Next: A common situation that ignites a dads anger.

Click here to see the list of posts in this series.

Introducing the Anger Grid!

Warning: The following is my personal opinion, and I think you would be hard pressed to find it in the Bible. So accept these thoughts accordingly.

It is my theory that most of the time (for most reasonable people), if a person is experiencing anger about a certain problem, it’s because they suspect (or fear) the problem is at least partially their own fault. If something negative happens to a person and that person is fairly confident that it’s not a result of something foolish or sinful they did, then they may experience sadness, or want some kind of justice, but they don’t experience anger.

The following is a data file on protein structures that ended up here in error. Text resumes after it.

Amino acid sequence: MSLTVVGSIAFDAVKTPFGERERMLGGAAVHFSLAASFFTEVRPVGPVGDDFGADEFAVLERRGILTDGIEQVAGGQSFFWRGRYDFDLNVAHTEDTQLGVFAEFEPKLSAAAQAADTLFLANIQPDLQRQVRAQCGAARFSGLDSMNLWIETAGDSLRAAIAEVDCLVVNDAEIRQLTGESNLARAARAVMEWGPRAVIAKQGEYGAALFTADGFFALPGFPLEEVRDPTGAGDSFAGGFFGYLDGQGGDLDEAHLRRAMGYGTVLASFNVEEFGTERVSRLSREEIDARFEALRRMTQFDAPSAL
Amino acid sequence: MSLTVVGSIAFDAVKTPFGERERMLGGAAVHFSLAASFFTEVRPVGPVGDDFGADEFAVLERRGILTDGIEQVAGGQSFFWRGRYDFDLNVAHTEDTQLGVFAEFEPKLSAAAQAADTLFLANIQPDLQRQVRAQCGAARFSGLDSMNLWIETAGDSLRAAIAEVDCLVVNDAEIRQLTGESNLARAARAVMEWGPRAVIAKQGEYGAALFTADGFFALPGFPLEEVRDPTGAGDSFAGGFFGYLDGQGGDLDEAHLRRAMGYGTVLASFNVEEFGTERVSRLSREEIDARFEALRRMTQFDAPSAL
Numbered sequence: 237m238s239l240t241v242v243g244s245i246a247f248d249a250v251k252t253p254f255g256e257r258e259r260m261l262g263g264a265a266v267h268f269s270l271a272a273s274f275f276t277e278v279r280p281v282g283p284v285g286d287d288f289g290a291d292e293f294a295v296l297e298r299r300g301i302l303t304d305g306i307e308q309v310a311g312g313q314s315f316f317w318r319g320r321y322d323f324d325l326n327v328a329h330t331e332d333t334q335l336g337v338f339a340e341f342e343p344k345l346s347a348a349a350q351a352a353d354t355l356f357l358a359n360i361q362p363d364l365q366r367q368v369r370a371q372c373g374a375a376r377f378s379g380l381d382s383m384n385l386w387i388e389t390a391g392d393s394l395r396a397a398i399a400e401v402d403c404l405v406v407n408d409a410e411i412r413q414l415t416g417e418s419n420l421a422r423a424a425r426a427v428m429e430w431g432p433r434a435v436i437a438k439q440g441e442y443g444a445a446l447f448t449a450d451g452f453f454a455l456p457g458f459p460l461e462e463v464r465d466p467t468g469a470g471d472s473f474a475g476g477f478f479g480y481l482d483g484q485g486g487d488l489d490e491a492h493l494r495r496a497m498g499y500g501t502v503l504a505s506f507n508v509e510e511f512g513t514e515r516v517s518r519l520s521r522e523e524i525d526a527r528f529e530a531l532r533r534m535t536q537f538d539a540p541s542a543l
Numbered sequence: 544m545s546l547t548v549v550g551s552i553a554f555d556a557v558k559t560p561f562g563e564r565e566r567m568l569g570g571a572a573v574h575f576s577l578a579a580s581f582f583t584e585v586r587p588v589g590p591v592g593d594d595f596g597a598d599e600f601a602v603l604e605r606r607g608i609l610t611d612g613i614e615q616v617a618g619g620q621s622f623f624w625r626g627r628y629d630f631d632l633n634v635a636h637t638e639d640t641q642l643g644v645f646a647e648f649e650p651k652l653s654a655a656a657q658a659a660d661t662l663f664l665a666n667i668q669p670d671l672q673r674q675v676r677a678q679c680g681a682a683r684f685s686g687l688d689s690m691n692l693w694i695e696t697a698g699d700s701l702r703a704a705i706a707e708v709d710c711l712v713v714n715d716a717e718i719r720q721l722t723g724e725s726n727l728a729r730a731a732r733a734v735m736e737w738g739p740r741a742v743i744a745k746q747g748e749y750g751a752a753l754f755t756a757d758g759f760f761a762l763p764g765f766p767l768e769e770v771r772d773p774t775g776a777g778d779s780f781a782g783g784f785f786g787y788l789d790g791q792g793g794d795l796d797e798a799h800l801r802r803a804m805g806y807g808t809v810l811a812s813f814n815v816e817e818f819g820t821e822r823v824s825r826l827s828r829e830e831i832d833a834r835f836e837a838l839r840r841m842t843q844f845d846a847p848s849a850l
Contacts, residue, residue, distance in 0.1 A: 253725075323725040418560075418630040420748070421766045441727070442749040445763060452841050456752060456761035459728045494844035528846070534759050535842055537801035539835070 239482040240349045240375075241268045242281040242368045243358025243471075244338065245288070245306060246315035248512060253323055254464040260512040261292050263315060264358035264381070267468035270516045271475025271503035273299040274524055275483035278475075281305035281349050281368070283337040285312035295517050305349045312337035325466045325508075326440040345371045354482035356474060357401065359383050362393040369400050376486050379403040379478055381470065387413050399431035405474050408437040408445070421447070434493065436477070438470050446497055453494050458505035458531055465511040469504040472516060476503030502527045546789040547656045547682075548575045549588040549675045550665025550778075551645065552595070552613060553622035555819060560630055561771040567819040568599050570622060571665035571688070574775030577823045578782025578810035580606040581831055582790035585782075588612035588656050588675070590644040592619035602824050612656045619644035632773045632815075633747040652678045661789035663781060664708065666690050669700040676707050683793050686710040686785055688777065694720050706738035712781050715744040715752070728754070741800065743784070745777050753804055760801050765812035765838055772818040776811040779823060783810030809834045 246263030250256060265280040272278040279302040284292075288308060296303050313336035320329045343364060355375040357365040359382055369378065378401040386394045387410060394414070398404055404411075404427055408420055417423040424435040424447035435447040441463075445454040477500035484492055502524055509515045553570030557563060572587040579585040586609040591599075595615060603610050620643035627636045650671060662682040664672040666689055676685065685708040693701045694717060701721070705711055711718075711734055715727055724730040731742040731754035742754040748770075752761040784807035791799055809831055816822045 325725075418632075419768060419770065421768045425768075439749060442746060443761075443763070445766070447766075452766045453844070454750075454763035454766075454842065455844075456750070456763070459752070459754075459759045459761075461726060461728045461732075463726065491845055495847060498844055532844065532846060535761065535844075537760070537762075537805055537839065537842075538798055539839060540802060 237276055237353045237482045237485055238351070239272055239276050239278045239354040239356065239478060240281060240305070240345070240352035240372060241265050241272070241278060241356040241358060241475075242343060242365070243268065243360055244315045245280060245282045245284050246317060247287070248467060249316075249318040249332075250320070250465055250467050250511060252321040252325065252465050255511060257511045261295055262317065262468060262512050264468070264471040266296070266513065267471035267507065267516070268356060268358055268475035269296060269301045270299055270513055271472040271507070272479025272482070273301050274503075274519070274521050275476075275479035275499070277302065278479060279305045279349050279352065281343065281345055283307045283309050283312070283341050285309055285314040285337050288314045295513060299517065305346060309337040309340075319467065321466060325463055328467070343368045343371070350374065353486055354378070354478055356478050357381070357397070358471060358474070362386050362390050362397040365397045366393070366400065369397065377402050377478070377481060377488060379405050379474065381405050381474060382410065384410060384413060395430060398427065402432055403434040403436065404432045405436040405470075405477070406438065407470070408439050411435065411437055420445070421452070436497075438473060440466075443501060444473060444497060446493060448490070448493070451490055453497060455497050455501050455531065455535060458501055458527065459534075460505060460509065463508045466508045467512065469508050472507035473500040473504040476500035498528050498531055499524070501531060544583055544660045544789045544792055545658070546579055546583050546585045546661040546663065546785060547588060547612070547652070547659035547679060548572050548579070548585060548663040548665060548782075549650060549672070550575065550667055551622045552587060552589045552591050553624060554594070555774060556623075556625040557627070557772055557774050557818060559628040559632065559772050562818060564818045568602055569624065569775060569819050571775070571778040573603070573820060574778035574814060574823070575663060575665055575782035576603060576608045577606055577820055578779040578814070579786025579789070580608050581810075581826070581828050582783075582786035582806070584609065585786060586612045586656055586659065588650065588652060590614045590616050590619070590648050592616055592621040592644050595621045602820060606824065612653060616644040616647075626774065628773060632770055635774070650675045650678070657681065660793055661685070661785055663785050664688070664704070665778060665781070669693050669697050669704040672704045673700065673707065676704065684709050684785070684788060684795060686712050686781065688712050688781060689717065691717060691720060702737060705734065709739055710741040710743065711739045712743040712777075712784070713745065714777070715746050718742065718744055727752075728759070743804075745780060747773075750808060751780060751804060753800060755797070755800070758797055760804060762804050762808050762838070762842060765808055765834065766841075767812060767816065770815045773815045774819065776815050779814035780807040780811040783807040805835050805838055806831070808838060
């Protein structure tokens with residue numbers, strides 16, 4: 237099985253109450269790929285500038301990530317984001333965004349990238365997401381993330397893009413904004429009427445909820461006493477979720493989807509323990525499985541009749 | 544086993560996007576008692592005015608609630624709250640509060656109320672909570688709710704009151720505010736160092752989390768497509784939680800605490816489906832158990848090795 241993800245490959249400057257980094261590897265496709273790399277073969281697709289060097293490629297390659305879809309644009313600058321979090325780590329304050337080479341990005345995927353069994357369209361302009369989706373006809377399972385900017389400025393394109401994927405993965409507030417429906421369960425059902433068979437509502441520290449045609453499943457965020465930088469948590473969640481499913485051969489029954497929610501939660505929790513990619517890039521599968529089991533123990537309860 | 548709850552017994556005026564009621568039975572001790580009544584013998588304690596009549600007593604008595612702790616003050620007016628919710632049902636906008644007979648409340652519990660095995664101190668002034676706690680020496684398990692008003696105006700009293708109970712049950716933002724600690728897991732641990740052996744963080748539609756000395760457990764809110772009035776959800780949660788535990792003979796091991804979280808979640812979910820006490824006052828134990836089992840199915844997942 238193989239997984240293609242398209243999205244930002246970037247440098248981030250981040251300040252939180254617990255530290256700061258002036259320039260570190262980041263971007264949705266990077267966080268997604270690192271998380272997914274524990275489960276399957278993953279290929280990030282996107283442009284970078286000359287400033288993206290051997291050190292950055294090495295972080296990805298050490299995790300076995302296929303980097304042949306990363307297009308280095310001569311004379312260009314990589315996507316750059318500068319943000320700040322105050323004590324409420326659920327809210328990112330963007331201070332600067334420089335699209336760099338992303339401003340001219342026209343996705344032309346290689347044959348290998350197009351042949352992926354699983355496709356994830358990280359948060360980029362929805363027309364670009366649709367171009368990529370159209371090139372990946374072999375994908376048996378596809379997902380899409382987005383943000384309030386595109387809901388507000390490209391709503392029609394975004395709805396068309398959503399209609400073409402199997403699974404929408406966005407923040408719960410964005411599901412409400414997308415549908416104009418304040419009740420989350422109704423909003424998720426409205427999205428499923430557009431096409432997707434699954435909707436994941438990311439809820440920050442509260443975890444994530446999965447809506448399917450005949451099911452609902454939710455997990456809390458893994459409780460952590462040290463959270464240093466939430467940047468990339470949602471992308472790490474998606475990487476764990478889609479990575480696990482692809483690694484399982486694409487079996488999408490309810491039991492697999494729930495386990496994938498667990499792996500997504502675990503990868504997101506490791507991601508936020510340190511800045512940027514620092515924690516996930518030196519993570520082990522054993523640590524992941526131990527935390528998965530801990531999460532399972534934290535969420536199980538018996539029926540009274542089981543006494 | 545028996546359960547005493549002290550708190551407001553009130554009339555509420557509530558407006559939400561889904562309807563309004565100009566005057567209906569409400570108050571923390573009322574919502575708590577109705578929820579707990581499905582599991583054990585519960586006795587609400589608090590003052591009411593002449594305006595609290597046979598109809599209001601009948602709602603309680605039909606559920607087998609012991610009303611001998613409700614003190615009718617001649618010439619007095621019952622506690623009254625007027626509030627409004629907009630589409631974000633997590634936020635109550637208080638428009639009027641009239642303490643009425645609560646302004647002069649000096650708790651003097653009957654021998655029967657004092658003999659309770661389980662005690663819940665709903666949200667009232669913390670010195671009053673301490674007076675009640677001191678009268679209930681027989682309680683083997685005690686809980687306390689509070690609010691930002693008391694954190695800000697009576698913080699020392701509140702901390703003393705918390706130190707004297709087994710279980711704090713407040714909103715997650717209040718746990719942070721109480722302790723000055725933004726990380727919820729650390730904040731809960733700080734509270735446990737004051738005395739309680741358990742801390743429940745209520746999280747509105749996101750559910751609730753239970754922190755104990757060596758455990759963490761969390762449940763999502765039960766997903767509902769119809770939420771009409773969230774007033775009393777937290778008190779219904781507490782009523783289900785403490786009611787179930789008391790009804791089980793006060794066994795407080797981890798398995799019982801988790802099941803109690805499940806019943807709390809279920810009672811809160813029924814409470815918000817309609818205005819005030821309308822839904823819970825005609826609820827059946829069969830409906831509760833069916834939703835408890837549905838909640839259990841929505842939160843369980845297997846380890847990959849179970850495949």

So here’s a grid that I whipped up using my extensive computer graphics ability.

Fault and Emotions

Is the grid clear enough?

The key to the grid is, we only get angry if we detect both ourselves and another party is responsible. If we think it’s only our fault, then we just experience shame. But if we have another person we can blame, that’s when we get angry. And this means that anger is a sign we are latching on to our hope that another person is to blame. If the other person hadn’t done it, then the bad thing wouldn’t have happened and we wouldn’t have had to feel bad about this. Do your best to scrutinize and be suspicious of this way of thinking.

Here’s the application: The next time you’re angry – check to see if you feel some culpability for the problem. And if there is – deal with your own sin or lack of wisdom before you deal with others. And this is especially true if the “others” are your kids.